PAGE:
Nations & resources - June 30
Click on the headline (link) for the full text.
Many more articles are available through the Energy Bulletin homepage
Iraq: Warily Moving Ahead on Oil Contracts
Timothy Williams, New York Times
BAGHDAD — When Iraq puts development rights to some of its largest oil fields up for auction to foreign companies on Monday, the bidding will be a watershed moment, representing the first chance for petroleum giants like ExxonMobil to tap into the resources of a country they were kicked out of almost 40 years ago.
Yet, there are widespread doubts about whether Iraq is ready for a sudden infusion of capital from international oil corporations. The country is still not safe. Parliament has not approved a law regulating the oil industry. And oil companies are wary of corruption within Iraq’s Oil Ministry.
The oil companies are also somewhat disgruntled, being forced to compete for 20-year service contracts and not the more lucrative production sharing agreements they would prefer. Such agreements would allow them to share directly in the profits from oil production, rather than getting fixed fees.
Still, all sides want to move ahead for one simple reason: money.
... Despite the drawbacks, international oil companies see Iraq as critical for business because few other places have as much oil that is untapped and relatively close to the surface, so it can be extracted relatively cheaply. With 115 billion barrels, the country has the world’s third largest proven reserves, trailing only Saudi Arabia and Iran.
(25 June 2009)
The Dirty War Against Clean Coal
Gregg Easterbook, New York Times
WHILE President Obama’s cap-and-trade proposal to reduce greenhouse gases has been the big topic of recent environmental debate, the White House has also been pushing a futuristic federal project to build a power plant that burns coal without any greenhouse gases. Sounds great, right? Except the idea is a rehash of a proposal that went bust the first time around.
More important, the technology already exists to make huge reductions in greenhouse emissions from coal, allowing power companies to begin cutting the carbon footprint of coal today. Instead, advanced-technology coal power sits on the shelf while regulators wait to see what happens with a project that may be just an expensive boondoggle.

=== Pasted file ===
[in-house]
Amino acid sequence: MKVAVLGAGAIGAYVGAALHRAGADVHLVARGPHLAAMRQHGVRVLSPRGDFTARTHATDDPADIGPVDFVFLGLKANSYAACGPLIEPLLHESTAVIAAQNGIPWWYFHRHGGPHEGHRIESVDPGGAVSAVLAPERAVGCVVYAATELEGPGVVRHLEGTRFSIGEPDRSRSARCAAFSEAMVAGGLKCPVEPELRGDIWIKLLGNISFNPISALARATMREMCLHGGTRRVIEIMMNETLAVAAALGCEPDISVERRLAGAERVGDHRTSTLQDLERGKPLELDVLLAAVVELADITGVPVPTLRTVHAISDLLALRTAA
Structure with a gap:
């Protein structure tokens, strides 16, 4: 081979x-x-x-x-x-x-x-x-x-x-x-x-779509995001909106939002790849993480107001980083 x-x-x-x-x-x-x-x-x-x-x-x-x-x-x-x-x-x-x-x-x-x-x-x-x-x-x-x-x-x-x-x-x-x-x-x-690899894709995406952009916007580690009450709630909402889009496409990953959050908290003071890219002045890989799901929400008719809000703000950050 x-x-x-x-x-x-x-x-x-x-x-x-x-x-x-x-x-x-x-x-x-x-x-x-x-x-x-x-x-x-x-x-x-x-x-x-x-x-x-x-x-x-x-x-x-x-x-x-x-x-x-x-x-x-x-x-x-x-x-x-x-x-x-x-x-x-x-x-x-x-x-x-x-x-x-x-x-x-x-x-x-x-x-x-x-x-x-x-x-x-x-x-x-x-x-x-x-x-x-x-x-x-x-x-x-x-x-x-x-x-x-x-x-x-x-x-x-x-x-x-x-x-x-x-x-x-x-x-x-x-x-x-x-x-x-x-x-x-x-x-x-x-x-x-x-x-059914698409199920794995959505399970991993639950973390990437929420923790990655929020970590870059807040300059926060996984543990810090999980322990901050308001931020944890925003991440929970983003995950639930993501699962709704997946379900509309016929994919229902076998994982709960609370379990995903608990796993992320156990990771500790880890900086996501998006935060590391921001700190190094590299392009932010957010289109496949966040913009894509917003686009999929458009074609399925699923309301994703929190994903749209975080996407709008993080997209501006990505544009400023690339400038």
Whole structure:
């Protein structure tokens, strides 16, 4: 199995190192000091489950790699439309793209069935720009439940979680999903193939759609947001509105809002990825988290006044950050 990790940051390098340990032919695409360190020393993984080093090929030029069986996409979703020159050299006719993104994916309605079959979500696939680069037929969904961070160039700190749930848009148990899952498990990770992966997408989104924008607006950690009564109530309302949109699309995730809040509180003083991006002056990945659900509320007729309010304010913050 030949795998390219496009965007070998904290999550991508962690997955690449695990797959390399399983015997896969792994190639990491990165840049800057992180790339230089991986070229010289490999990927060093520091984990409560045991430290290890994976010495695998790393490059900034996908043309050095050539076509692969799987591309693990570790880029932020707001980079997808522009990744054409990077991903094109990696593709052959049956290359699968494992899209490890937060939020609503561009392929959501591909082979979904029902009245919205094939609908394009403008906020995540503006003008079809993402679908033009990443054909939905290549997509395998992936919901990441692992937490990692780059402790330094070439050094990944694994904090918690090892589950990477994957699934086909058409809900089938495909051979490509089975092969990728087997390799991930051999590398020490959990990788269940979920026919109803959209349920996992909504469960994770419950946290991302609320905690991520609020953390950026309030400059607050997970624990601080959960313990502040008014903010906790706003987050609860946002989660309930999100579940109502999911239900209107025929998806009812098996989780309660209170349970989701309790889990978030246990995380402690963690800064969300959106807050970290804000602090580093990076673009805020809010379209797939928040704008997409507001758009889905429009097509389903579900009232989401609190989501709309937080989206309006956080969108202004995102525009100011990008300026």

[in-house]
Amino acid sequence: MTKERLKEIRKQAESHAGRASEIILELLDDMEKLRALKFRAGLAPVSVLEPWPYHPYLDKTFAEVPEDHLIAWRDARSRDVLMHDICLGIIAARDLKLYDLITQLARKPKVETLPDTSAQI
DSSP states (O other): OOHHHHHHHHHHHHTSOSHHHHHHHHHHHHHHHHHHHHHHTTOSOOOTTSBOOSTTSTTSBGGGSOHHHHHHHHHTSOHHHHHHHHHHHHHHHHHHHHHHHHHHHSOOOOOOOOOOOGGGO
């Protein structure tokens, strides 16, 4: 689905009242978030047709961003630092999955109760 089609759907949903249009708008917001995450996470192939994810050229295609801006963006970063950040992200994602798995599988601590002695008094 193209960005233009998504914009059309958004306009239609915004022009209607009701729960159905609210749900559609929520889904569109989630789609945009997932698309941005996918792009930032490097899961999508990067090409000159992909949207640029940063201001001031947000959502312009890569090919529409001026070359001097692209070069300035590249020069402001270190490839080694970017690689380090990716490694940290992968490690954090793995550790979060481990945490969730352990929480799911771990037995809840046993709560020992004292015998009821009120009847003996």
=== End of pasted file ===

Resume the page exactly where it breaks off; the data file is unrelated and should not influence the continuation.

The big project, a public-private partnership called FutureGen, was first announced by George W. Bush in 2003. Dreading facing up to the problem of greenhouse gases from electricity generation, the Bush White House suggested that decisions should wait while FutureGen developed a coal-fired power with no emissions. FutureGen’s administrators spent five years on studies, proposals and studies of studies, but never broke ground for a test installation.
...Beyond that, the promising technology of “sequestering” carbon dioxide — pumping it back into the ground to keep it out of atmosphere — appears for technical reasons to be impractical for conventional pulverized-coal power plants. But gasification plants have technical characteristics that should make “sequestration” of carbon feasible. A gasification power plant with sequestration would have around two-thirds lower greenhouse gases than a conventional coal-fired generating station.
(28 June 2009)
A Flower Grows in West Africa
Ken Stier, Miller-McCune Magazine
Are Liberia's new steel and rubber concessions a sign of reform — or the exception that proves corruption still rules in resource-rich countries?
It is a persuasive measure of humanity's boneheaded venality that natural resources endowment often leads to a country's impoverishment. A relatively benign form of the "resource curse" can be found in developed countries, as Holland found when, in 1959, a large natural gas discovery stoked an overvalued currency and eviscerated the country's manufacturing sector, a phenomenon that came to be known as "Dutch disease."
But in developing countries, the scourge is evinced more rapaciously. Natural resource earnings that should be earmarked for productive investments are siphoned off wholesale by those in power, who then need repressive capabilities to remain there. Nigeria is a classic case. After half a century of pumping out more than $500 billion worth of oil, the country has more poverty than ever and is wracked by corruption and violence. And the barbed blessing of natural resources endowment is at the core of what ails much of the Middle East.
(29 June 2009)
What do you think? Leave a comment below.
Sign up for regular Resilience bulletins direct to your email.